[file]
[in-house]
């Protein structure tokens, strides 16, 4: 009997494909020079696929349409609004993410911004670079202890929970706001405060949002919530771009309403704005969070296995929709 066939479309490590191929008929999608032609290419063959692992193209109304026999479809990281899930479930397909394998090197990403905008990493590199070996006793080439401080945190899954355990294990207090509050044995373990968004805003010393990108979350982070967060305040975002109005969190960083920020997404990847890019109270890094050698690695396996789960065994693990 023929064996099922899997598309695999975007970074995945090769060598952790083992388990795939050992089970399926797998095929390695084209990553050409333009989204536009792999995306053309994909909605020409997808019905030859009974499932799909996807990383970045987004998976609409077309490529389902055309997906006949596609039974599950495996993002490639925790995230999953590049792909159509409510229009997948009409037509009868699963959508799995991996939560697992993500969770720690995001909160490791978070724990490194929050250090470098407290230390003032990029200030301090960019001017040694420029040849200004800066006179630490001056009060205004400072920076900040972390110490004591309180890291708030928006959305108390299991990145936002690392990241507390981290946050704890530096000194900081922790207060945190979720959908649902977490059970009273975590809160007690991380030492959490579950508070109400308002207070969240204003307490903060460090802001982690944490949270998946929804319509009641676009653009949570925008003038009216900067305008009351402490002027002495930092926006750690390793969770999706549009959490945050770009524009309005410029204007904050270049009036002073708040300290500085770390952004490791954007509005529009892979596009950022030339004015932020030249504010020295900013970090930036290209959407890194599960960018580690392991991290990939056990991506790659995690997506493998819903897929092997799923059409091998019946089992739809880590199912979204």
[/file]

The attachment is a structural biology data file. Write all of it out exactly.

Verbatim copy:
[in-house]
């Protein structure tokens, strides 16, 4: 009997494909020079696929349409609004993410911004670079202890929970706001405060949002919530771009309403704005969070296995929709 066939479309490590191929008929999608032609290419063959692992193209109304026999479809990281899930479930397909394998090197990403905008990493590199070996006793080439401080945190899954355990294990207090509050044995373990968004805003010393990108979350982070967060305040975002109005969190960083920020997404990847890019109270890094050698690695396996789960065994693990 023929064996099922899997598309695999975007970074995945090769060598952790083992388990795939050992089970399926797998095929390695084209990553050409333009989204536009792999995306053309994909909605020409997808019905030859009974499932799909996807990383970045987004998976609409077309490529389902055309997906006949596609039974599950495996993002490639925790995230999953590049792909159509409510229009997948009409037509009868699963959508799995991996939560697992993500969770720690995001909160490791978070724990490194929050250090470098407290230390003032990029200030301090960019001017040694420029040849200004800066006179630490001056009060205004400072920076900040972390110490004591309180890291708030928006959305108390299991990145936002690392990241507390981290946050704890530096000194900081922790207060945190979720959908649902977490059970009273975590809160007690991380030492959490579950508070109400308002207070969240204003307490903060460090802001982690944490949270998946929804319509009641676009653009949570925008003038009216900067305008009351402490002027002495930092926006750690390793969770999706549009959490945050770009524009309005410029204007904050270049009036002073708040300290500085770390952004490791954007509005529009892979596009950022030339004015932020030249504010020295900013970090930036290209959407890194599960960018580690392991991290990939056990991506790659995690997506493998819903897929092997799923059409091998019946089992739809880590199912979204």